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ascertained: it seems certain, that the Uses of Lincoln and Bangor were not so general as those of York and Hereford. . But we must not suppose that this extended influence was obtained all at once, or even in less than a long lapse of time, by the liturgy and ritual of the Church of Salisbury: nor, again, must we forget that those who testify to its greatest renown lived some three or four hundred years after its original settlement under the direction of Bishop Osmund.” During that period many severe struggles, of which all memory has been lost, may have occurred; and many difficulties and jealousies which opposed its progress may have been gradually but slowly overcome. In less however than two hundred years after Osmund's death, we have a proof how high the character of the Sarum Use already, was, in the constitutions of one of his successors; who in the year 1256 declares, that “like the sun in the heavens, the Church of Salisbury is conspicuous above all other churches of the world, diffusing its light every where, and supplying their defects.” There are two important cases upon which a few remarks will not, I trust, be out of place. And first of the cathedral of S. Paul in London, the chief city of the kingdom. Collier tells us, that in the year 1414, and therefore we may conclude not till then, an order was made by Bishop Clifford “with the assent of the chapter, that from the first of December following, Divine Ser
* One reason why in later years, writers have perhaps too much exalted the Salisbury, to the disparagement of the other English Uses, has probably been because the Service Books of that Church are, with few exceptions, the only ones which are extant. None exist of Lincoln; only two MSS. viz. the
Missal in my possession, and the Pontifical belonging to the Dean and Chapter of that Cathedral, claim to be of Bangor; and but ten or twelve copies altogether are known of the books of Hereford and York.
* Wilkins. Concilia. tom. i. p. 715.
vice should be performed in his Cathedral, secundum wsum Sarum ; and that the old form and rubric called S. Paul's should be laid aside.” With this is quite agreeable the manner of expression in two inventories of the church, printed in Dugdale's history of S. Paul's : in the one made A.D. 1298, books are simply spoken of “de usu S. Pauli:” but in the other, in 1486, we have “Vetus Missale,” “Aliud vetus Missale secundum usum S. Pauli:” and “Unum Ordinale secundum primariam ordinationem et antiquam ecclesiae S. Pauli.” But we have the best evidence that in the cathedral of S. Paul the Use of Sarum was not admitted without also the retaining of some of its own old peculiar ceremonies: I mean, that of the author of the Defensorium Directorii, who says, speaking on a certain point: “Probaturista assertio esse yera per venerabiles viros ac patres canonicos ecclesiae sancti Pauli Londonensis, quitotum officium divinum in cantando et legendo observant secundum usum Sarum ecclesiae. Sed de caerimoniis vel observationibus ejusdem nihil curantes:sed custodiunt antiquas observantias in ecclesia sancti Pauli a primordio illic usitatas.”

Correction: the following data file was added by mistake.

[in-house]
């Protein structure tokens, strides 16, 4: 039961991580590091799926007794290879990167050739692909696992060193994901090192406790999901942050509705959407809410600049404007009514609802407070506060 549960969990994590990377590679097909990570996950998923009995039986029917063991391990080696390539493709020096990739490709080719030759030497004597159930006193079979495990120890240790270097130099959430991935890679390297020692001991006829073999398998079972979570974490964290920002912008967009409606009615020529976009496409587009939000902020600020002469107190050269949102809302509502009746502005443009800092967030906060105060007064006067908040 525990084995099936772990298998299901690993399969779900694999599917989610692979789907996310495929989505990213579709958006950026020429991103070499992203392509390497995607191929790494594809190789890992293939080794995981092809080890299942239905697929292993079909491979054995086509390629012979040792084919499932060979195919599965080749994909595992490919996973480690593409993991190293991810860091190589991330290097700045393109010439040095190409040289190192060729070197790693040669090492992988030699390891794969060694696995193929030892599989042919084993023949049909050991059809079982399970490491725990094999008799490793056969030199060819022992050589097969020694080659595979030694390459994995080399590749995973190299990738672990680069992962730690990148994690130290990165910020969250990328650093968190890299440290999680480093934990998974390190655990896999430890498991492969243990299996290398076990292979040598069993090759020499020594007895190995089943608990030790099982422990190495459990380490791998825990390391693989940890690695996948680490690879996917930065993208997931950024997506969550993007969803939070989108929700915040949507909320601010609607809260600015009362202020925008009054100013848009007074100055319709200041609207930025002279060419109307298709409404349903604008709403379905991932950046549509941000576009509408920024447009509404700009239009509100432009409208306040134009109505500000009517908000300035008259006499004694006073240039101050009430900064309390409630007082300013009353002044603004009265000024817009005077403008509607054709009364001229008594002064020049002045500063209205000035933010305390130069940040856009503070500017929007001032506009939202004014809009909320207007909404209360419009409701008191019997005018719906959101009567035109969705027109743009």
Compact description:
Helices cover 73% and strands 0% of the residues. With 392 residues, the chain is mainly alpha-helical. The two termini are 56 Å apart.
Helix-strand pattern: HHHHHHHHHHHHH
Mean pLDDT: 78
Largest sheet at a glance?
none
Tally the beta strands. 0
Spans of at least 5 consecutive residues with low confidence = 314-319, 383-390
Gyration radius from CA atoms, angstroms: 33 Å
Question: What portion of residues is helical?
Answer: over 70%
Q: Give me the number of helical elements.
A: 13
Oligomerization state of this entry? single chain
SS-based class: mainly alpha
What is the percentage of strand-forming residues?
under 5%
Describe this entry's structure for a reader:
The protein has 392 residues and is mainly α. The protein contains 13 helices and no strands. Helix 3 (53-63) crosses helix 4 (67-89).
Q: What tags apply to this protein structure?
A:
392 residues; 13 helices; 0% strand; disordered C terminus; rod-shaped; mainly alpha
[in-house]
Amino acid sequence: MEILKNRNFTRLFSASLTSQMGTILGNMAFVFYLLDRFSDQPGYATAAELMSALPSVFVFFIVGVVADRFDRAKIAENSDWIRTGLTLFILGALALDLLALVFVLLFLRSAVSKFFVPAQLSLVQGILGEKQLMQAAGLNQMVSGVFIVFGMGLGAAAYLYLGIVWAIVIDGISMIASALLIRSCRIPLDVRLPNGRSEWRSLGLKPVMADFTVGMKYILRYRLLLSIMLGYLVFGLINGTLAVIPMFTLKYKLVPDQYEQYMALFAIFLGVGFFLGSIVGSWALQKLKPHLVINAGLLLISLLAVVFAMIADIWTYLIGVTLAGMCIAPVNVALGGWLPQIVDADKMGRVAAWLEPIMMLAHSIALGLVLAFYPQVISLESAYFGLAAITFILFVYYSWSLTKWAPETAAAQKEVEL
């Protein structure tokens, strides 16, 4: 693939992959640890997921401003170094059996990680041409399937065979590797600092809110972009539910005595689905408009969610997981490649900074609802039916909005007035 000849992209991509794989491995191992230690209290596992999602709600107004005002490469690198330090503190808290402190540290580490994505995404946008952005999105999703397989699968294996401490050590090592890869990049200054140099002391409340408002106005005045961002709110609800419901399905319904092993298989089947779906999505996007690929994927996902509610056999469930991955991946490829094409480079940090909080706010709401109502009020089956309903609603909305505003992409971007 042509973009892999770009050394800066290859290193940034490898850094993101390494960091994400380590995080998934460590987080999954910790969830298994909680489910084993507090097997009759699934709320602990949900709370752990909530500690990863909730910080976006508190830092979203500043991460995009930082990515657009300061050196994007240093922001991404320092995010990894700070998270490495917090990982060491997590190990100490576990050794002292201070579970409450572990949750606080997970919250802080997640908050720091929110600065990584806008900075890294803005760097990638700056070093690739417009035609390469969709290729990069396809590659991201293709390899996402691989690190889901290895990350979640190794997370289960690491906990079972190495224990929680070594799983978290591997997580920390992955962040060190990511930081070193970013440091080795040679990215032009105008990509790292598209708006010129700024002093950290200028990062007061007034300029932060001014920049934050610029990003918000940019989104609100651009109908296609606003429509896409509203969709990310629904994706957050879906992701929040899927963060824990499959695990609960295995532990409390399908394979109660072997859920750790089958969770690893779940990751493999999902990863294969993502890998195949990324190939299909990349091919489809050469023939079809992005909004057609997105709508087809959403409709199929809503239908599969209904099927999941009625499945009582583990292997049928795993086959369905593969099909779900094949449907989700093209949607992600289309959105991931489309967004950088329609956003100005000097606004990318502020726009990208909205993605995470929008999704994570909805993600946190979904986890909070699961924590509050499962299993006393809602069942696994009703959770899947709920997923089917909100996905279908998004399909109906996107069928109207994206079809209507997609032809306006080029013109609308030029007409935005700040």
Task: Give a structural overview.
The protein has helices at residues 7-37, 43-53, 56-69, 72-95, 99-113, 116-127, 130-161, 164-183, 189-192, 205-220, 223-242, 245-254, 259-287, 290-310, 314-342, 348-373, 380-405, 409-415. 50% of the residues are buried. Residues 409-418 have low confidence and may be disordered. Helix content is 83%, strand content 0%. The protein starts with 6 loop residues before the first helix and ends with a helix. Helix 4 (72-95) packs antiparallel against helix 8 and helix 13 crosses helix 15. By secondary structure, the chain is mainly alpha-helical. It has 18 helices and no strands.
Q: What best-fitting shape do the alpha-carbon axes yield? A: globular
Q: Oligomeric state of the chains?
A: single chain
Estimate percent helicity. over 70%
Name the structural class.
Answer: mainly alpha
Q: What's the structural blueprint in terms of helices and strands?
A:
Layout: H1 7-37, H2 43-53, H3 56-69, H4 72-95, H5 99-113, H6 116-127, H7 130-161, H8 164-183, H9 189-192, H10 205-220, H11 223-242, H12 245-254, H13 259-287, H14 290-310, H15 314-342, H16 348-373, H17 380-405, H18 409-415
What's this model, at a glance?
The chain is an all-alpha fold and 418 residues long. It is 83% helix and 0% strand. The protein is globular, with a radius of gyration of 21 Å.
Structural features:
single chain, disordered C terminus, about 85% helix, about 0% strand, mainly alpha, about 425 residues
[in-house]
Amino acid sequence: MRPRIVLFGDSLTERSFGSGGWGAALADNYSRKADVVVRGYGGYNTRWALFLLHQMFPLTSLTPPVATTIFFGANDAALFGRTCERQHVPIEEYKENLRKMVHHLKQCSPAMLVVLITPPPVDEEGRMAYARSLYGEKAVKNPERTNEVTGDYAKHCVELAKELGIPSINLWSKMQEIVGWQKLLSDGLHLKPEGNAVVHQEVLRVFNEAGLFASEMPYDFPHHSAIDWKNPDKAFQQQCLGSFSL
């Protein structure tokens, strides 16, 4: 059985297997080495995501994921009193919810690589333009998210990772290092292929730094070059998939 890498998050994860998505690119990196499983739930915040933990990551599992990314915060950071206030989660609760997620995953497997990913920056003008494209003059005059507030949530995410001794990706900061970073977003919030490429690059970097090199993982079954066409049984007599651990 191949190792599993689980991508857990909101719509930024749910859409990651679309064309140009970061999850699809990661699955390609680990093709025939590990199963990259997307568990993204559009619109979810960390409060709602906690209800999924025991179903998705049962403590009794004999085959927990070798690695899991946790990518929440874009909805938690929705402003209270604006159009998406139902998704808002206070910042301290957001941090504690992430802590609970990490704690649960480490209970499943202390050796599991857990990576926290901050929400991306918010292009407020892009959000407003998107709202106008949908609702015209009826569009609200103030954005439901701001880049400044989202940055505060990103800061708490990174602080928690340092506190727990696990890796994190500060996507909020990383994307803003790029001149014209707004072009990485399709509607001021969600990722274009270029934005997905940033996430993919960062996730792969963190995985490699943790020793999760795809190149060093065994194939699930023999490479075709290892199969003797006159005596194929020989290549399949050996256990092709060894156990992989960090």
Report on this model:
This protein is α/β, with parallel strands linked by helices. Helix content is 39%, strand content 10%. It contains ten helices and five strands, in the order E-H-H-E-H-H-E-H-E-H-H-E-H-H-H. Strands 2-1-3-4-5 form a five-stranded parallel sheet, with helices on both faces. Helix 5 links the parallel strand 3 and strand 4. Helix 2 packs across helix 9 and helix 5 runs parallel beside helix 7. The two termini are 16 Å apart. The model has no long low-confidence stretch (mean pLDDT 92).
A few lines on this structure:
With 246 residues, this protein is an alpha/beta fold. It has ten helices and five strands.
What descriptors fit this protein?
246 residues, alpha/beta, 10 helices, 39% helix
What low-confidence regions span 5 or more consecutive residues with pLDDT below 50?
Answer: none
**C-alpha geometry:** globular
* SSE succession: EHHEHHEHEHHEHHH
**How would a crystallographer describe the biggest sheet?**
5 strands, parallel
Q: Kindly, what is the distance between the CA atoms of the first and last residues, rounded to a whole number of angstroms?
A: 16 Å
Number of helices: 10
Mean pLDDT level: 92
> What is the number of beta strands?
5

* Ecclesiastical Hist. vol. i. p. 649. And Dugdale. S. Paul's. p. 22.
97 P.233. 284,
* Monumenta Ritualia. vol. ii. p. 346. The practice of the Cathedral of S. Paul was, as we may suppose, of considerable authority: and the “Defensorium” appeals in another place to it, upon a disputed point: (P. 342,) where the decision of the “Venerabiles Cardinales Ecclesiae sancti Pauli" is given. As Du Cange tells us, there were in many Cathedrals and Monaste
ries appointed some chief among the priests, “quibus ex concessione summorum Pontificum licitum erat, ut soli ad praecipuum altare, quod cardinale vocabant, unde Cardimales dicti, solemnem Missam celebrarent.” Verb. Presbyter. But I think in the present instance reference is made to “the Cardinals of the Choir,” who were officers of S. Paul's cathedral, chosen from the minor canons by the Dean and Chapter, to have the direction of the choir. See some ancient statutes, printed in Dugdale. Hist. of S. Paul's. Appendix. p. 241.
In the library of the British Museum is preserved a manuscript, which is called in the catalogue, “Missale in usum D. Pauli:” from which we might have hoped to obtain much information upon this point. And we doubtless should, had it been a copy of the old Use of that church: but it is later than 1414, and the rubrics throughout speak of, and are according to, the Use of Sarum; nor do there seem to be any variations of the slightest importance, with one exception. Indeed, the only authority why it has been so called, “of S. Paul's" appears to have been a tradition, and possibly a correct one, that it formerly belonged to that Cathedral. I say correct, because although like most copies of the missal in that age it has numerous directions which refer to parish churches, and not to cathedrals, it has also some rubrics which could relate only to a large establishment of priests and ministers. Nor can there be any doubt but that it was the property of some great church in London: which is clear from the rubric upon the feast of S. Mark, directing the procession upon that day to go to some church in the city or in the suburbs, and return after the celebration of mass to their own church. But the exception which I spoke of is very remarkable: viz. the Canon of this manuscript contains the prayer “Agimus tibi Deo Patri gratias:” which is the only example I have met with, except in the Hereford missal. The prayers which precede it are however not according to the Hereford, but to the Salisbury Use.